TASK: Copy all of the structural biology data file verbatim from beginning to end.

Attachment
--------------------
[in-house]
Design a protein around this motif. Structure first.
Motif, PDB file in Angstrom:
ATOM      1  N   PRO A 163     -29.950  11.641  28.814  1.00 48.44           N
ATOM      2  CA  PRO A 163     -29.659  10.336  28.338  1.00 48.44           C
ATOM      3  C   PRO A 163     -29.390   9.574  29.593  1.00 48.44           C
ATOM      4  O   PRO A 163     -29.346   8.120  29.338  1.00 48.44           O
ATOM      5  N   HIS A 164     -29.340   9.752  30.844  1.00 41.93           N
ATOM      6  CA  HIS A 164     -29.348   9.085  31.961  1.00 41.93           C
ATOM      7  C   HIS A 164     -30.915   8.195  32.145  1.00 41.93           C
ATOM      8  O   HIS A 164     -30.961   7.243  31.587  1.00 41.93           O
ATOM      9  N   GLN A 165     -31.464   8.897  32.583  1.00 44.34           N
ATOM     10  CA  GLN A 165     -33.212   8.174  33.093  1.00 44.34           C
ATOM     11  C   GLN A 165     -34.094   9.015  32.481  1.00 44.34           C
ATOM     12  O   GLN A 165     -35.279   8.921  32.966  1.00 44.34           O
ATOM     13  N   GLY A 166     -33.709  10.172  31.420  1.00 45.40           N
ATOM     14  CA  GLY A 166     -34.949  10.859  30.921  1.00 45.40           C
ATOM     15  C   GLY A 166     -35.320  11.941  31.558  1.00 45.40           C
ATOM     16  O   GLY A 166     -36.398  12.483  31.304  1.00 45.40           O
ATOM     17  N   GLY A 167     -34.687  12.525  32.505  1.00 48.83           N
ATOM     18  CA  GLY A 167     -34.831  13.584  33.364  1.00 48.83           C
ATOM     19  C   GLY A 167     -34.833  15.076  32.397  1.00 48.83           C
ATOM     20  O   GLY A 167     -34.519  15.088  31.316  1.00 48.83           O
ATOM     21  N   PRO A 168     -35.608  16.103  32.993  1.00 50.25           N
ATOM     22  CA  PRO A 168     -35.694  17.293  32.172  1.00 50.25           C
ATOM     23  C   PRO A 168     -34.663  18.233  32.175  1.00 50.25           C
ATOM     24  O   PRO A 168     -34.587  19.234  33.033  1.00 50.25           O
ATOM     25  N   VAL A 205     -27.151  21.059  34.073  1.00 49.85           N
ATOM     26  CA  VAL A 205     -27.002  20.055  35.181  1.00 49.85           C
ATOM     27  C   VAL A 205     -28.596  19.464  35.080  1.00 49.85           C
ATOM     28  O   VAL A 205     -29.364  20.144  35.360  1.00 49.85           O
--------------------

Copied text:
[in-house]
Design a protein around this motif. Structure first.
Motif, PDB file in Angstrom:
ATOM      1  N   PRO A 163     -29.950  11.641  28.814  1.00 48.44           N
ATOM      2  CA  PRO A 163     -29.659  10.336  28.338  1.00 48.44           C
ATOM      3  C   PRO A 163     -29.390   9.574  29.593  1.00 48.44           C
ATOM      4  O   PRO A 163     -29.346   8.120  29.338  1.00 48.44           O
ATOM      5  N   HIS A 164     -29.340   9.752  30.844  1.00 41.93           N
ATOM      6  CA  HIS A 164     -29.348   9.085  31.961  1.00 41.93           C
ATOM      7  C   HIS A 164     -30.915   8.195  32.145  1.00 41.93           C
ATOM      8  O   HIS A 164     -30.961   7.243  31.587  1.00 41.93           O
ATOM      9  N   GLN A 165     -31.464   8.897  32.583  1.00 44.34           N
ATOM     10  CA  GLN A 165     -33.212   8.174  33.093  1.00 44.34           C
ATOM     11  C   GLN A 165     -34.094   9.015  32.481  1.00 44.34           C
ATOM     12  O   GLN A 165     -35.279   8.921  32.966  1.00 44.34           O
ATOM     13  N   GLY A 166     -33.709  10.172  31.420  1.00 45.40           N
ATOM     14  CA  GLY A 166     -34.949  10.859  30.921  1.00 45.40           C
ATOM     15  C   GLY A 166     -35.320  11.941  31.558  1.00 45.40           C
ATOM     16  O   GLY A 166     -36.398  12.483  31.304  1.00 45.40           O
ATOM     17  N   GLY A 167     -34.687  12.525  32.505  1.00 48.83           N
ATOM     18  CA  GLY A 167     -34.831  13.584  33.364  1.00 48.83           C
ATOM     19  C   GLY A 167     -34.833  15.076  32.397  1.00 48.83           C
ATOM     20  O   GLY A 167     -34.519  15.088  31.316  1.00 48.83           O
ATOM     21  N   PRO A 168     -35.608  16.103  32.993  1.00 50.25           N
ATOM     22  CA  PRO A 168     -35.694  17.293  32.172  1.00 50.25           C
ATOM     23  C   PRO A 168     -34.663  18.233  32.175  1.00 50.25           C
ATOM     24  O   PRO A 168     -34.587  19.234  33.033  1.00 50.25           O
ATOM     25  N   VAL A 205     -27.151  21.059  34.073  1.00 49.85           N
ATOM     26  CA  VAL A 205     -27.002  20.055  35.181  1.00 49.85           C
ATOM     27  C   VAL A 205     -28.596  19.464  35.080  1.00 49.85           C
ATOM     28  O   VAL A 205     -29.364  20.144  35.360  1.00 49.85           O